The scheme is free for participants and a subsistence allowance is provided, and training costs and cost of travel is met. Members of the scheme are additionally eligible for a centrally distributed grant from Ministry Division to support with the costs of participating in the program.
[Anglican Communion News Service] Archbishop of Canterbury Justin Welby has welcomed the decision by the Bodleian and Vatican libraries to make available to the public digitized copies of ancient Bibles and Biblical texts. Speaking in a video to promote the launch of the project’s website, Welby said, “Where you can see these actual texts there’s a lifting of the spirit. “It inspires worship. By being able to have access to a digitized collection, this really opens the texts to a far wider range of scholars than have been able to get at them in the past and is of huge international significance as a resource.” He added he believed the practice of digitizing such texts would “indirectly have an impact on our liturgy of worship and practice of faith.” Europe’s first printed book, Gutenberg’s 1455 Bible, is among texts accessible on a in the project run by Oxford and The Vatican City. New technology has enabled zoomable high-resolution images of the early manuscripts and books for research. The £2m project will digitize 1.5m pages over the next three years.
[Episcopal News Service – Pine Mountain, Kentucky] Being able to read well is a basic skill that not every young student masters. That lack of mastery can lead to a lifetime of low achievement – and poverty.
That is the basic premise of Reading Camp, an 11-year-old ministry of the Episcopal Diocese of Lexington. In addition to breaking the cycle of poverty by helping young children avoid a lifetime of illiteracy, the camps also aim to build self-confidence and teach campers about their local heritage. Thus, campers get a jump-start on being contributing members of their families and their communities.
The Reading Camp ministry helps run camps all over the world and close to home. Each week-long camp, some of them sleep-away and some day camps, is built on a combination of interdisciplinary learning – sometimes masqueraded as play – and activities such as hikes, games and crafts. Staff members are all volunteers and serve in roles such as teachers, counselors, nurses and administrators. Some volunteers come back year after year.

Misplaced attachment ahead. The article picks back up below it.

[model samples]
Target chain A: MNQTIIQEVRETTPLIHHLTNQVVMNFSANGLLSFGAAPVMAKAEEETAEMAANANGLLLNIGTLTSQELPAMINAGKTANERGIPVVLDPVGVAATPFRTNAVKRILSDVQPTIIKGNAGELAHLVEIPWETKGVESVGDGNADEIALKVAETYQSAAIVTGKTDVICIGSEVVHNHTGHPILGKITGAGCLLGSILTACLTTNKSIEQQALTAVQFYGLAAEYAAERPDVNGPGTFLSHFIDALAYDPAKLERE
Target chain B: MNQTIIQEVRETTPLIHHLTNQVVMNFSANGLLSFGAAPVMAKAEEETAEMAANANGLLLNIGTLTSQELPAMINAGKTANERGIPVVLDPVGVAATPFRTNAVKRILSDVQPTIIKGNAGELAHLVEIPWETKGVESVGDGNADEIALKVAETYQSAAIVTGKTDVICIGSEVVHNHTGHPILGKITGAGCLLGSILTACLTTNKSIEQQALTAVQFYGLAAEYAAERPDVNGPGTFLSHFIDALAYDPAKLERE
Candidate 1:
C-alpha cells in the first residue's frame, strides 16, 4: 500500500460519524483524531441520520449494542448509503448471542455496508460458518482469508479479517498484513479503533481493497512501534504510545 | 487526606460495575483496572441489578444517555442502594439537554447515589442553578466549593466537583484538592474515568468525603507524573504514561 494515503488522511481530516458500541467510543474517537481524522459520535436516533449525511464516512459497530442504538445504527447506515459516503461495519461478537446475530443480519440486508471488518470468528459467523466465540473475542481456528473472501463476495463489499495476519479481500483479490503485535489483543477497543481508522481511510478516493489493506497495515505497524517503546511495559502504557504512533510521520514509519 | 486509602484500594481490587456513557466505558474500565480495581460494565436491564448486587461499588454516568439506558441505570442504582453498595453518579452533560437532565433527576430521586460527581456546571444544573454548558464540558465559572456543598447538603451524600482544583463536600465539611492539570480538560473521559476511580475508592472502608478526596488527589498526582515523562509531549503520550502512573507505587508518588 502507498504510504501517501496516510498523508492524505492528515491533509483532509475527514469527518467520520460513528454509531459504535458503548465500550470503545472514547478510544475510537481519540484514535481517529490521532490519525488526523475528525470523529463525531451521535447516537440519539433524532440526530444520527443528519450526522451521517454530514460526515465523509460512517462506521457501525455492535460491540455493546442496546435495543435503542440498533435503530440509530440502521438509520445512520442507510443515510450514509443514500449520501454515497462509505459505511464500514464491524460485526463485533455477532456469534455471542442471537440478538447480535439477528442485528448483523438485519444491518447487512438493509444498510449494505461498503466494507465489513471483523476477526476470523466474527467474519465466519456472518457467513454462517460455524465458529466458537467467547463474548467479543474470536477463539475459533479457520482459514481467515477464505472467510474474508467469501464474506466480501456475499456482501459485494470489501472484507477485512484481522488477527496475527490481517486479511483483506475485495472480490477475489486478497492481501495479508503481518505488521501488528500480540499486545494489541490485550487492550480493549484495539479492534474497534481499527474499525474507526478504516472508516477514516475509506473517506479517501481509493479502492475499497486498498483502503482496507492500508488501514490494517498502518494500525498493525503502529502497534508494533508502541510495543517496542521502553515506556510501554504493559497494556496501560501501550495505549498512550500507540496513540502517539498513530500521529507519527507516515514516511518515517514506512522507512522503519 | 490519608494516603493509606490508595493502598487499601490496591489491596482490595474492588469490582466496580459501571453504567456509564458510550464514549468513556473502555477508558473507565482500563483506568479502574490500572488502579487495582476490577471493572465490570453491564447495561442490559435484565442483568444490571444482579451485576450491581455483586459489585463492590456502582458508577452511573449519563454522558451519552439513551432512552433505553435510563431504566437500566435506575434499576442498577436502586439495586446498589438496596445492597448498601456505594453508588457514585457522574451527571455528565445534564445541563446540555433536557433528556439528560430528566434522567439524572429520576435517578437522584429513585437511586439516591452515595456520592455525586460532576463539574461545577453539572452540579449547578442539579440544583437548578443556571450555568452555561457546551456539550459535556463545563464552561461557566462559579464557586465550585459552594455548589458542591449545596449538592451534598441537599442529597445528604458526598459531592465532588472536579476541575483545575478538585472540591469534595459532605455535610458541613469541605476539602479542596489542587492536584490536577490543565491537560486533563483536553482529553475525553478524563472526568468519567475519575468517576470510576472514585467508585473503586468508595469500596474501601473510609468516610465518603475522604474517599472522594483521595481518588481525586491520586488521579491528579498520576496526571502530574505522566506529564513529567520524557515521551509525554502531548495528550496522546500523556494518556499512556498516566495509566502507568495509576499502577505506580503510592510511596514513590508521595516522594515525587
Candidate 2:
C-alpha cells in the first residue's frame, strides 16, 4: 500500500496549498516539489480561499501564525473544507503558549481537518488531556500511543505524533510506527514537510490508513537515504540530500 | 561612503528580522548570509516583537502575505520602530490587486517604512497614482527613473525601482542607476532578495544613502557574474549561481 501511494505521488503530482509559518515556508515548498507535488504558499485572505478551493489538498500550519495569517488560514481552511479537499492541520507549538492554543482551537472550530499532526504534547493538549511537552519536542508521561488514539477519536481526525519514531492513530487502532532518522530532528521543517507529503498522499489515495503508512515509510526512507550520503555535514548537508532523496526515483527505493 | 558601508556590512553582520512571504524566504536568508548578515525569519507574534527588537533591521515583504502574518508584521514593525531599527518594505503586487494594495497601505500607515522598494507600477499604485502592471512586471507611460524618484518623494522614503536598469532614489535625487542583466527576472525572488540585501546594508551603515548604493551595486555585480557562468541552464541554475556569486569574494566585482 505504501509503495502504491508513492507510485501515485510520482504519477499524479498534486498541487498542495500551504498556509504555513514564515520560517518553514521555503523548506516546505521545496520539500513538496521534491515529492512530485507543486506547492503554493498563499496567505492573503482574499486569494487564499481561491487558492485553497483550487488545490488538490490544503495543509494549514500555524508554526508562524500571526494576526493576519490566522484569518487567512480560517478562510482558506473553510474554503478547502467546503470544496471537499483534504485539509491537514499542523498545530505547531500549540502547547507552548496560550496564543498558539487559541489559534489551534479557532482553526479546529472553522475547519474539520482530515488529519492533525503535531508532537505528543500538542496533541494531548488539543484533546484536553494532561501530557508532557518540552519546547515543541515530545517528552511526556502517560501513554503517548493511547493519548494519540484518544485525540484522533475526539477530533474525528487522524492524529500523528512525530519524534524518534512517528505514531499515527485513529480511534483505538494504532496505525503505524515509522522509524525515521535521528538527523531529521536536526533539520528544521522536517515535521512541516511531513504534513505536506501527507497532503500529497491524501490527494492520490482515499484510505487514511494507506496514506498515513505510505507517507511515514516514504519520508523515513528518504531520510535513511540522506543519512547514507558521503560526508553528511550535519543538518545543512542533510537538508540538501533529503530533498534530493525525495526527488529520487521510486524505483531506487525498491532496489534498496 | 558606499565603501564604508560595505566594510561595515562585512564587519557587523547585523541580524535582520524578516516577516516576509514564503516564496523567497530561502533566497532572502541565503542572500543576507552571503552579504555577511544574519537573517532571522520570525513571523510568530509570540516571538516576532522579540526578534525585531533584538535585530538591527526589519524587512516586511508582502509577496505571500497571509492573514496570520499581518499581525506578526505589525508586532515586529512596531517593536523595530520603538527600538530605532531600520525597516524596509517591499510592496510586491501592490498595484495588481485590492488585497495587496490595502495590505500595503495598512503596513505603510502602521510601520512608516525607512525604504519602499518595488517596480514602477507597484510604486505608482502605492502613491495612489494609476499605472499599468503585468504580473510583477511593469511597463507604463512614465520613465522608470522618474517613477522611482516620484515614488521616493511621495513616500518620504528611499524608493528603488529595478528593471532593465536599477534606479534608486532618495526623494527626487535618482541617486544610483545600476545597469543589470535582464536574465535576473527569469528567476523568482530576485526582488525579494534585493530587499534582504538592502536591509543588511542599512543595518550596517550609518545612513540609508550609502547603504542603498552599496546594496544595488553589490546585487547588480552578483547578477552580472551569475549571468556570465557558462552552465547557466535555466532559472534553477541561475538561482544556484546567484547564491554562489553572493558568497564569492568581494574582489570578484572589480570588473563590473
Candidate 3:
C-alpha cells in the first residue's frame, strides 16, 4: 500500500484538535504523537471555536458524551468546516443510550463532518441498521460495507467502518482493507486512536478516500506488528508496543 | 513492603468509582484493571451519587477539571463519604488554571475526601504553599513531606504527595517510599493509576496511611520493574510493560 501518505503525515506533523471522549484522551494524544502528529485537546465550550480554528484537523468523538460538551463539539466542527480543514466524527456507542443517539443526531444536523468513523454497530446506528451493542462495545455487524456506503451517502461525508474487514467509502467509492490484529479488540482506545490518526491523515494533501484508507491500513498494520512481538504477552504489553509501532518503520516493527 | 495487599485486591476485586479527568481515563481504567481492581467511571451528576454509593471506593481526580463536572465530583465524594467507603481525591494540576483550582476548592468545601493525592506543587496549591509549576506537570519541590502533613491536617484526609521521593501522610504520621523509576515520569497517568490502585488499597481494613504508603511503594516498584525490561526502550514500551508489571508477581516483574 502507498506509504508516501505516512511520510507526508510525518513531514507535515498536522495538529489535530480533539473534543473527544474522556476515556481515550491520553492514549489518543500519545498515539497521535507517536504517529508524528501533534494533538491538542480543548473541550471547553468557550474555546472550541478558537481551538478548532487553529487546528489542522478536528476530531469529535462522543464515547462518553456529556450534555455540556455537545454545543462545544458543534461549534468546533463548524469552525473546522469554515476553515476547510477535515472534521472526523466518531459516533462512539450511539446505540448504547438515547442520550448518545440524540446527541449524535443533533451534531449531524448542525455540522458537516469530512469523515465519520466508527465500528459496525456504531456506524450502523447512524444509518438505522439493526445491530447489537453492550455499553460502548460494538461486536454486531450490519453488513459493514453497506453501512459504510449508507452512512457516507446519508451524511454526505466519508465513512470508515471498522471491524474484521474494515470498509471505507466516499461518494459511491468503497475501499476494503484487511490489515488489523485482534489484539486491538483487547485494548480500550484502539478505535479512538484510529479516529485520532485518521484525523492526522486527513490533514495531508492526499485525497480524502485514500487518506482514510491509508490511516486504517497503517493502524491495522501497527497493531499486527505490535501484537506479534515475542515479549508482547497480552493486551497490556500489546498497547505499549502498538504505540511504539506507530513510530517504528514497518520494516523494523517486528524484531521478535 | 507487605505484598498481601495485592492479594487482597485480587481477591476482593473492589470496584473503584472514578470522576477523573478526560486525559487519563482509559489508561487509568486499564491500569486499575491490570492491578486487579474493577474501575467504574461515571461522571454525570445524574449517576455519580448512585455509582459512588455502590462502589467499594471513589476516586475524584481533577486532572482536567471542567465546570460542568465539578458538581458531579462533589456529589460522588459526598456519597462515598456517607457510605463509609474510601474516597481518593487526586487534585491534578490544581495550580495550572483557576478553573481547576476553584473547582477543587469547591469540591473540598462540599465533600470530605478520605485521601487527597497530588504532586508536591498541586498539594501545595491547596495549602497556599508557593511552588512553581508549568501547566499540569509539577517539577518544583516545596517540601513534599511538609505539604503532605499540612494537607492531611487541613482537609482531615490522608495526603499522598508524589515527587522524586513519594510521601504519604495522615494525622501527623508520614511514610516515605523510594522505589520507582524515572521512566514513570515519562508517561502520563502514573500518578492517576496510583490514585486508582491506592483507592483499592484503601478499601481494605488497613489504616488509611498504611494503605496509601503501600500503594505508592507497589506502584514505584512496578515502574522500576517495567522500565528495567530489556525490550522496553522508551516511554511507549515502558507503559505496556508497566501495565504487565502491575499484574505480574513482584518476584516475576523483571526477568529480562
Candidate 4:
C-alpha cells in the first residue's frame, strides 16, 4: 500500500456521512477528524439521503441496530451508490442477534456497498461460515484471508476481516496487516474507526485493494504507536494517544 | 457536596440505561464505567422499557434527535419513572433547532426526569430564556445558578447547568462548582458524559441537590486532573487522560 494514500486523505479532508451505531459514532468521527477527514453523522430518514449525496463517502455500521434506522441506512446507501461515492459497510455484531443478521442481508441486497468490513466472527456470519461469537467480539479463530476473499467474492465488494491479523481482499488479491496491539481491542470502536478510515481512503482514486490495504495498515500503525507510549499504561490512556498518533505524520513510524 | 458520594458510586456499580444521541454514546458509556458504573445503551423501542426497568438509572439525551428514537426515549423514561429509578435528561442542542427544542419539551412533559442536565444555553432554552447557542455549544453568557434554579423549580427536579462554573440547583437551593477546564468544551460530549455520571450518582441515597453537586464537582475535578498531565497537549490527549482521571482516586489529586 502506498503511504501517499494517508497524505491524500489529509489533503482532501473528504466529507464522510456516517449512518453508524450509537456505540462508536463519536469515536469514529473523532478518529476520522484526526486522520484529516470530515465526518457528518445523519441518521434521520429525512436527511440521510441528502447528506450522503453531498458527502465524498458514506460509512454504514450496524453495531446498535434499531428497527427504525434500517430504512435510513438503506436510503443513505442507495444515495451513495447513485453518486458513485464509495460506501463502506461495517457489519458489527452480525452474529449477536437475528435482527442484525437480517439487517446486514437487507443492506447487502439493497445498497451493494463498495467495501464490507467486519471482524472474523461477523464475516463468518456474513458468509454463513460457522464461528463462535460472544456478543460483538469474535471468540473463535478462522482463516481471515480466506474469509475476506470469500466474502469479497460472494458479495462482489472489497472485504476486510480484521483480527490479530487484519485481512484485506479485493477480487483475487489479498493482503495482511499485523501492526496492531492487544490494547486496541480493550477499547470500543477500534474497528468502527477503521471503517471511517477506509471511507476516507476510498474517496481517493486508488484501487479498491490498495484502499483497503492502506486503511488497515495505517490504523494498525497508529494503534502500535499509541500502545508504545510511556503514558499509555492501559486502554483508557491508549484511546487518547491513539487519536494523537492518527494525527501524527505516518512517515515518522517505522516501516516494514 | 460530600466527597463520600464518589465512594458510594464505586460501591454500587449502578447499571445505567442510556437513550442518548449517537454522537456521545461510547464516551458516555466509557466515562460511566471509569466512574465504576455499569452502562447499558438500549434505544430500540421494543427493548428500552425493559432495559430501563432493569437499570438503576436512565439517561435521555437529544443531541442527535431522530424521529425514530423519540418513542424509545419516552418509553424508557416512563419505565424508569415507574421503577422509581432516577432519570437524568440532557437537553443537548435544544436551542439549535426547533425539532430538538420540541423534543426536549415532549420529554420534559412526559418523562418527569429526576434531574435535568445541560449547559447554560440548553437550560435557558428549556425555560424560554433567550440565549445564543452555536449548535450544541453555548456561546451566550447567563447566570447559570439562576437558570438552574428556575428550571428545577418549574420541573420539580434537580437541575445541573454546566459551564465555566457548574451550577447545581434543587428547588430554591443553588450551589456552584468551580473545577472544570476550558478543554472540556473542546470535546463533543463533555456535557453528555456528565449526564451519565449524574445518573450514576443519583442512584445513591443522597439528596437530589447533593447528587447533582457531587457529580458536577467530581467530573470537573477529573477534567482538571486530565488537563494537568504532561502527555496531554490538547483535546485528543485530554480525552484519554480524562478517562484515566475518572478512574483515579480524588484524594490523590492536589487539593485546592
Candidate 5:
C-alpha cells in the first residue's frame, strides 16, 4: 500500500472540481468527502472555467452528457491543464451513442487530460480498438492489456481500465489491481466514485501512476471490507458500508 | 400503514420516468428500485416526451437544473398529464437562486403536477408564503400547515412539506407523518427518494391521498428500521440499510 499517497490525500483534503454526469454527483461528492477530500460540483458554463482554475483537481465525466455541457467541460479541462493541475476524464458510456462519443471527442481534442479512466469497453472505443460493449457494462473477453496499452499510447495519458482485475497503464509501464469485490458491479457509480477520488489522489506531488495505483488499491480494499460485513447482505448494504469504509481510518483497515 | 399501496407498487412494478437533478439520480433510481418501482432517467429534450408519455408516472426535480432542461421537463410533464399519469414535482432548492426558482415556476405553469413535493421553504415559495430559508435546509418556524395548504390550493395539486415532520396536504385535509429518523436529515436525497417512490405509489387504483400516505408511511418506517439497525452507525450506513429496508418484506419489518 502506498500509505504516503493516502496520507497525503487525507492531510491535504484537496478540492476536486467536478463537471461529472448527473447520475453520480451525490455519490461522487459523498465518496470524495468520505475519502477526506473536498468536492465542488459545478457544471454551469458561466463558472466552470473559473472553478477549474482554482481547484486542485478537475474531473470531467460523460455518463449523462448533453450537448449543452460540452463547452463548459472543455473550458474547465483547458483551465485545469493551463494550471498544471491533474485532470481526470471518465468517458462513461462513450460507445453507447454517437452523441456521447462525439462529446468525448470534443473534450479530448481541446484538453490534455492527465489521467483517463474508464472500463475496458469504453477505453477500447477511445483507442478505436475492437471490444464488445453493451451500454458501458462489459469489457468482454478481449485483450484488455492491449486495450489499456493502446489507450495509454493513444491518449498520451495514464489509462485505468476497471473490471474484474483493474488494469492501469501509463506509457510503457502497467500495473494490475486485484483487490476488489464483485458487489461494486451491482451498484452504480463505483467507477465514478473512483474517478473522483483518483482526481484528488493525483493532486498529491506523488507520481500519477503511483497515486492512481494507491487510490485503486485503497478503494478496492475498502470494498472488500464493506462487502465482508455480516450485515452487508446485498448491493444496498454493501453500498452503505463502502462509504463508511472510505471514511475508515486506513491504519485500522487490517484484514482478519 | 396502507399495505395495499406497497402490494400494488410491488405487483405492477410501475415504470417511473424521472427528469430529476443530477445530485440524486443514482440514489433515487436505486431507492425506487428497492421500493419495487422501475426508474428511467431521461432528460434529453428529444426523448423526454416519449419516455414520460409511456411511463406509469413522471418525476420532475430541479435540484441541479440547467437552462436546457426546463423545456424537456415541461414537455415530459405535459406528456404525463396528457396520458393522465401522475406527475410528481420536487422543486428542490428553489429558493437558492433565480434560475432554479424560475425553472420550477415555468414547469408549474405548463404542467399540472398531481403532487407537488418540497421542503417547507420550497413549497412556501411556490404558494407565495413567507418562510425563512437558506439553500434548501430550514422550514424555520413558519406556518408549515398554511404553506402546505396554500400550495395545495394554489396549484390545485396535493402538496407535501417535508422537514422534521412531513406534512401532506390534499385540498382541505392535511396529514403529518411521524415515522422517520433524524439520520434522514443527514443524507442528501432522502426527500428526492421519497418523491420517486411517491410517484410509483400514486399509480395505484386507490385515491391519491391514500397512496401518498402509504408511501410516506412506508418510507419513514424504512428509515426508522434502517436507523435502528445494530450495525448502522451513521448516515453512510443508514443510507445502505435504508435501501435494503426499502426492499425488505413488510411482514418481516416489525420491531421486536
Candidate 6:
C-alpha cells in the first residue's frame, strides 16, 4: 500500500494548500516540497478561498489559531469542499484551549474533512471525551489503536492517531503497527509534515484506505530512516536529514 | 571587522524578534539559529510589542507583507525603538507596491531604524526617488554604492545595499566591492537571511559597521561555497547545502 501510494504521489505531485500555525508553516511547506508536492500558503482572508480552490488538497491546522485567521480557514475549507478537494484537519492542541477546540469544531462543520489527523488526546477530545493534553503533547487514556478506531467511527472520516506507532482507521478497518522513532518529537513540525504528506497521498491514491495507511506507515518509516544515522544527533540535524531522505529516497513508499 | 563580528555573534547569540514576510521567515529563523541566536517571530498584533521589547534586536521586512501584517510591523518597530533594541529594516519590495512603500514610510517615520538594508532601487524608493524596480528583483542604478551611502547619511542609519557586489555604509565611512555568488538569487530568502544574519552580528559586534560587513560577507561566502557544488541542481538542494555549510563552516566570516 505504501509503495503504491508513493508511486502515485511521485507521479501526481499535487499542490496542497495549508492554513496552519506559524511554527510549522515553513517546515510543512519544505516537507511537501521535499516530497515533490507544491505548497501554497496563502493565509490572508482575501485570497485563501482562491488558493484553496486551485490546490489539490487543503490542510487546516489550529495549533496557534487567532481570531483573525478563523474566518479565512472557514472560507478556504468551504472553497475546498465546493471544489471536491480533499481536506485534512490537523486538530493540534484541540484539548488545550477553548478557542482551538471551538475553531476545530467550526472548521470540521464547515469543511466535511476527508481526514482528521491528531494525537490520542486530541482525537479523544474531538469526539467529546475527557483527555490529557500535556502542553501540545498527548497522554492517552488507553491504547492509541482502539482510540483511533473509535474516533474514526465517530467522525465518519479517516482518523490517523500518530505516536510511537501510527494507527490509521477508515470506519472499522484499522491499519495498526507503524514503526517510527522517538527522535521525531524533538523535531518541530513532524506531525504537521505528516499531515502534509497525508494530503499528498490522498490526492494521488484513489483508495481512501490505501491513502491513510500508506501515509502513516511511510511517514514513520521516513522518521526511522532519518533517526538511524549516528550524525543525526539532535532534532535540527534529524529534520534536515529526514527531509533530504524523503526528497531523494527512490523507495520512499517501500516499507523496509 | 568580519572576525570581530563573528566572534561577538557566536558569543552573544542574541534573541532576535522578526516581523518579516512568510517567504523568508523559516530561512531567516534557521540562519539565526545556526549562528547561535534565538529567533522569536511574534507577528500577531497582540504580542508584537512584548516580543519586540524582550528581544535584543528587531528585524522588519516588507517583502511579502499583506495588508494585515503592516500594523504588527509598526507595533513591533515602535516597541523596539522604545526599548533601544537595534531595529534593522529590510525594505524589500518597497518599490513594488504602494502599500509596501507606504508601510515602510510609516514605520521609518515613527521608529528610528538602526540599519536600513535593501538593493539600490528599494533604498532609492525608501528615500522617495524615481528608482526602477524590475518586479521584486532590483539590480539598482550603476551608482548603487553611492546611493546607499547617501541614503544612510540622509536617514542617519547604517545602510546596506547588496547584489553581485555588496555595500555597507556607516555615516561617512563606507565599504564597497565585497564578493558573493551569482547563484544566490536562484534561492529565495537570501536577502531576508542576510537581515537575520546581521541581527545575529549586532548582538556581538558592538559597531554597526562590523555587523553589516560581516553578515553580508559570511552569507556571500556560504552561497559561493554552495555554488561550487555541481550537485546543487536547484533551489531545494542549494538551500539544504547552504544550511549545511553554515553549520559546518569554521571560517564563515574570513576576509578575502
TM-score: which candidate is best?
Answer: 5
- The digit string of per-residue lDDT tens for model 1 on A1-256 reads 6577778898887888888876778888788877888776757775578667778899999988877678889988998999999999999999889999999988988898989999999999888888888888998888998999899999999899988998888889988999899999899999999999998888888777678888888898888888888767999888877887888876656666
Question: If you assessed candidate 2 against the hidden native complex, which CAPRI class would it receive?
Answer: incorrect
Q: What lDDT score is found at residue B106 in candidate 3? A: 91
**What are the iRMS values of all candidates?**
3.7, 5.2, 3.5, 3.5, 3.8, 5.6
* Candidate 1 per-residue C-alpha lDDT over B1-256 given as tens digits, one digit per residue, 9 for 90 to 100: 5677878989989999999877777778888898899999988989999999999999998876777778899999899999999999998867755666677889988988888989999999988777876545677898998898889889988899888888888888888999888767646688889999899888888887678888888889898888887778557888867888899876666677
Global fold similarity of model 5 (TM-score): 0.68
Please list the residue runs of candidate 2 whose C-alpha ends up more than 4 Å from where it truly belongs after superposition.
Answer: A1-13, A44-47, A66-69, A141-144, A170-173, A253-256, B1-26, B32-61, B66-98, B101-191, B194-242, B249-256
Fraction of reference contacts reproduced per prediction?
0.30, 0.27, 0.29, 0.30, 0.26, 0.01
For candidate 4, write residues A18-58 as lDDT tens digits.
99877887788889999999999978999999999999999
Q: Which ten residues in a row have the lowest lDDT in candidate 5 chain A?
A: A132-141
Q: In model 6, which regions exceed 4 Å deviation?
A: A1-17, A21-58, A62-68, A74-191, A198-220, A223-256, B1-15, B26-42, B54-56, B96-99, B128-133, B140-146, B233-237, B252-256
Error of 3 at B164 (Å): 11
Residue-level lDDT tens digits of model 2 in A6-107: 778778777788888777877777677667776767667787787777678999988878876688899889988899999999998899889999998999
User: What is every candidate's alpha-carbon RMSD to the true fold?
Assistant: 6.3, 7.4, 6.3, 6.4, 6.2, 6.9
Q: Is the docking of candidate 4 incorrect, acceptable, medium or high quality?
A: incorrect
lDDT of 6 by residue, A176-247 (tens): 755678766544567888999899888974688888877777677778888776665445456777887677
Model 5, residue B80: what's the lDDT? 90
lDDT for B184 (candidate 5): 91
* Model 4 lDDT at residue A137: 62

On Dec. 3, the Episcopal Church announced that the program had received $20,000 to further its work. The grant was one of nine Roanridge Trust Award Grants made for 2014.
Recently, Episcopal News Service spent time at the annual Reading Camp held in the Appalachian Mountains of Kentucky at the Pine Mountain Settlement School. The school itself, founded in 1913 as boarding school for mountain children and as a settlement serving the community through economic, health and cultural initiatives, has for the last 30 years provided instruction in environmental education and traditional arts and culture to thousands of students.
Alpha Sigma Tau sorority has supported the work of the Pine Mountain Settlement School since 1945 through financial donations as well as volunteer work. During this year’s Reading Camp, sorority collegiate and alumnae members were part of the volunteer staff, some of them for the first time.
The 2013 Pine Mountain Reading Camp week was the last for then-Executive Director Allison Duvall before she joined the staff of Episcopal Migration Ministries (EMM) as program manager for co-sponsorship and church relations. Michelle Sjogren of Lexington was recently called to be the new executive director of Reading Camp.
– The Rev. Mary Frances Schjonberg is an editor/reporter for the Episcopal News Service.